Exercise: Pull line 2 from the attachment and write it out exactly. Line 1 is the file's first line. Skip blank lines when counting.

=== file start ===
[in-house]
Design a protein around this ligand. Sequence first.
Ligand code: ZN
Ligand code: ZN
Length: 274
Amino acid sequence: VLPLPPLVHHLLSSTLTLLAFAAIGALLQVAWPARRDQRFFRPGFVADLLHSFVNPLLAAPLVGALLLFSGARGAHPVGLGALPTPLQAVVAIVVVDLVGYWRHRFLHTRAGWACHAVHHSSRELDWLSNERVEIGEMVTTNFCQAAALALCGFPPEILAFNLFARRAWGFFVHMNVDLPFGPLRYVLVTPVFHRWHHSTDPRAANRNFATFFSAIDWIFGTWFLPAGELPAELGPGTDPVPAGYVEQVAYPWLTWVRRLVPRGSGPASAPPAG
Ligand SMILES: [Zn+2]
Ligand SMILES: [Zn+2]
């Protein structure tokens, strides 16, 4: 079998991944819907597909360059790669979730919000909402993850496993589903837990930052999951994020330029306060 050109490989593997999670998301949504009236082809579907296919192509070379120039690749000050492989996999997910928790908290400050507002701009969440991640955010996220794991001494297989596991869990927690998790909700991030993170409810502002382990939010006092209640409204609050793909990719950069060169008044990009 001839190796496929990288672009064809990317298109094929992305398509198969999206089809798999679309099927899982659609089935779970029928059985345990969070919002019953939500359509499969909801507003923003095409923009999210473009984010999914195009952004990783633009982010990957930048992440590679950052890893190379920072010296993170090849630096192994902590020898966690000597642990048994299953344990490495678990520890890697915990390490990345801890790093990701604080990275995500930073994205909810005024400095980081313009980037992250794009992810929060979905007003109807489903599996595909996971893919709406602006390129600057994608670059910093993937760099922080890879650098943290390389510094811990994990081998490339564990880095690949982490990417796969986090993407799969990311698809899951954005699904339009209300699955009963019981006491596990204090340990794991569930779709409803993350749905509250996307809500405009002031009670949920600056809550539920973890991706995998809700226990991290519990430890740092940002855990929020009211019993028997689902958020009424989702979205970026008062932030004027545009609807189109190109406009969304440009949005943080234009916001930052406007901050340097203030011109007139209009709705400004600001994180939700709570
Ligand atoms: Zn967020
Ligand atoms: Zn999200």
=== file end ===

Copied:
Design a protein around this ligand. Sequence first.